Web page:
We at Commonplace Fun Facts are big fans of the Ig Nobel Prize and its mission to “first make people laugh, then make them think.” The list of 2019 laureates touched on many different facets of human knowledge, including the geometric dimensions of wombat dung, the differences between living and dead magnetized critters, and proving before disproving the happiness quotient of chomping on writing utensils.
Consider the following finalists. Where possible, links to the actual studies are included for your further edification.
The Health Benefits Eating Italian Pizza in Italy
Silvano Gallus, received the Prize for researching whether pizza has health benefits, protecting against cancer and other ailments, provided that the pizza is made and eaten in Italy. None of that knock-off, generic non-Italian pizza for the truly health-conscious!
Good Dog: Using an Animal Training Clicker to Teach Orthopedic Surgeons
Karen Pryor and Theresa McKeon earned honors for incorporating a simple clicker, commonly used to teach dogs how to fetch, and instead to teach doctors how to perform orthopedic surgery. Who knew that years of expensive medical school could be replaced with some simple positive reinforcement? Imagine what doctors could do they were trained by the “spray bottle in the face” method.
Discovering Magnetic Differences Between Living and Dead Cockroaches
Do dead cockroaches behave differently than their living counterparts? They do when they are magnetized, anyway. Ling-Jun Kong, Herbert Crepaz, Agnieszka Górecka, Aleksandra Urbanek, Rainer Dumke, and Tomasz Paterek conducted this groundbreaking research. We assume the different behavior involved something more scientifically significant than the fact that one category is able to move around and do things, while the other is primarily occupied with the task of decomposing.
Getting to the Crux of the Temperatures of French Crotches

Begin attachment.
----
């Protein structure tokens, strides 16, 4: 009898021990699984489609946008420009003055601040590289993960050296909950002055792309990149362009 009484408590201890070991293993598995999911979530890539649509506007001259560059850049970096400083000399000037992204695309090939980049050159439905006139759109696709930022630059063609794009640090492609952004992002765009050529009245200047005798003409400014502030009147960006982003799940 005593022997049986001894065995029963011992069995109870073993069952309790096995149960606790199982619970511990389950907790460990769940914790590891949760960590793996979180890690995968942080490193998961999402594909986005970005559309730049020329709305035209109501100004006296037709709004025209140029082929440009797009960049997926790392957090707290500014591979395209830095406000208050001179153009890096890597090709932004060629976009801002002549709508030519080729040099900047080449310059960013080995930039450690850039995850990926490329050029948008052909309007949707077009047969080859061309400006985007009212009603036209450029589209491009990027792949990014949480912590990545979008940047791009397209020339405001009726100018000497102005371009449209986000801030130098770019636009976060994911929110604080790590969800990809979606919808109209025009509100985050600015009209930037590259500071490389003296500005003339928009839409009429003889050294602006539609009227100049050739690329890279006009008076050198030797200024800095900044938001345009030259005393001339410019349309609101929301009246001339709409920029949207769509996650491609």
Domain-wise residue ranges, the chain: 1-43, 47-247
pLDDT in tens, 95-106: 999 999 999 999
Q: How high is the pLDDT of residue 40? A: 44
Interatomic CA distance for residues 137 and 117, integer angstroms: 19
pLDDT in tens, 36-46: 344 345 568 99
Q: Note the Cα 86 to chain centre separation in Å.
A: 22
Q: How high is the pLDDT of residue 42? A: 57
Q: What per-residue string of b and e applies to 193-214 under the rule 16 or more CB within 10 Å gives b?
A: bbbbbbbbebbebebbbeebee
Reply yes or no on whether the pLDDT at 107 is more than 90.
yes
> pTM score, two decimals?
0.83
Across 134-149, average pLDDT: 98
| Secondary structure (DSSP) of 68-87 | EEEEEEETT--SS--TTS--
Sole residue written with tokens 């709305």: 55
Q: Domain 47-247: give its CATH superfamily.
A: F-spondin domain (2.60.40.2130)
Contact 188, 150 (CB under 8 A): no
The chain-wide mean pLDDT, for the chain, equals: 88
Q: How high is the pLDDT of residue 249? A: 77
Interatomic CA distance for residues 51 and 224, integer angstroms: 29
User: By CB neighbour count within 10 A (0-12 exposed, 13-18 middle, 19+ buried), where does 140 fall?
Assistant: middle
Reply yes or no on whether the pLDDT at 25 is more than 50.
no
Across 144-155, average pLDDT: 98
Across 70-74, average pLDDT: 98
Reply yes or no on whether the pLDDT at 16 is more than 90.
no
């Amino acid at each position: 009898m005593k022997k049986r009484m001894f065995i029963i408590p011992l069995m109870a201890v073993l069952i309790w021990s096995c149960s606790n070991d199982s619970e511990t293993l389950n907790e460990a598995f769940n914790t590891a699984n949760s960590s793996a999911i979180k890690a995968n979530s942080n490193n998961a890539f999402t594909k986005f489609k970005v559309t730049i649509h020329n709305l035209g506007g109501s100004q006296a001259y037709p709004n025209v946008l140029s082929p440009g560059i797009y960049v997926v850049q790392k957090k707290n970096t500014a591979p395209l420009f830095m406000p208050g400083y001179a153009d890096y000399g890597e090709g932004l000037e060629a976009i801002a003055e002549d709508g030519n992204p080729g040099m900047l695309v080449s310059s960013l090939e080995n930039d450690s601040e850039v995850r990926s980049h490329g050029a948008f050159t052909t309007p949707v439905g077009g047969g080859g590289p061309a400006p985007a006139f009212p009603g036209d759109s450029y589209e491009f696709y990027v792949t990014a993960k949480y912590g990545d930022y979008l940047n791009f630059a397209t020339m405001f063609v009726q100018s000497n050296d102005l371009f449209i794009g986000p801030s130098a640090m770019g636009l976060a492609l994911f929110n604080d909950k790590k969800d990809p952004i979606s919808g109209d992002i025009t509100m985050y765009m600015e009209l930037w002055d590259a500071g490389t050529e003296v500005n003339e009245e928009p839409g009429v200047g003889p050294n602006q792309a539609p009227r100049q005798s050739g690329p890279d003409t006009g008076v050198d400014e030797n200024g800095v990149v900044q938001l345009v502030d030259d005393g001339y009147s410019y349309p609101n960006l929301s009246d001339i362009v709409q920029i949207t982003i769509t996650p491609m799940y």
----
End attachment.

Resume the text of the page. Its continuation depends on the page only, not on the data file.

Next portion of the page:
Roger Mieusset and Bourras Bengoudifa conducted an exhaustive study involving French postal workers and bus drivers for the purpose of determining whether there is a difference in temperature between the right and left sides of the scrotum. Despite reading the results of the study, we are still a bit unclear about why anyone particularly cared.
Spit Production: 5-Year-Olds Are Good For Something
Apparently unsatisfied with this fun fact about how much saliva the average person produces in a lifetime, Shigeru Watanabe, Mineko Ohnishi, Kaori Imai, Eiji Kawano, and Seiji Igarashi, wanted to dig deeper. They conducted this study to determine the total saliva volume produced per day by a typical five-year-old child. Spoiler alert: the answer is 500 ml.
An Invention That Will Really Change Things
Iman Farahbakhsh came up with something that will really save time for parents of infants. He invented an infant washer and diaper-changing machine. Hopefully, it will be more successful than the Baby Cage.
Which Country’s Money Will Really Make You Filthy Rich — and Very Sick?
Habip Gedik, Timothy A. Voss, and Andreas Voss tested the currency of different nations, trying to determine which one is most likely to spread dangerous bacteria. The results of the study show that Romania’s Leu is most conducive to spreading Staphylococcus aureus, Escherichia coli, and Vancomycin- Resistant Enterococci (VRE).
Pens Make You Happy. Um… Actually, Forget That
Fritz Strack concluded that holding a pen in one’s mouth makes a person smile, and that results in the person being happier. He gets the Ig Nobel Prize for subsequently discovering that the first findings were hokum. In the words of Strack, “First, the original finding was the result of fraud or cheating. Second, the original finding was not ‘real,’ not a ‘true’ effect. Third, the original effect was weak and fragile, not robust enough to show up under changing conditions.”
(Wombat Dung)3 — See What We Did There?
If you learn nothing else today, you can at least cling to this vital bit of information: wombat poop is cube-shaped. If that knowledge is not enough to make you feel better equipped to face the challenges this day presents, you might want to delve a bit deeper and find out why it is thus shaped. Patricia Yang, Alexander Lee, Miles Chan, Alynn Martin, Ashley Edwards, Scott Carver, and David Hu did exactly this, and published their findings, showing how and why wombats drop cube-shaped feces. Not content to stop there, they also boast that this information will offer “insight into new manufacturing techniques for non-axisymmetric structures using soft tissues.”
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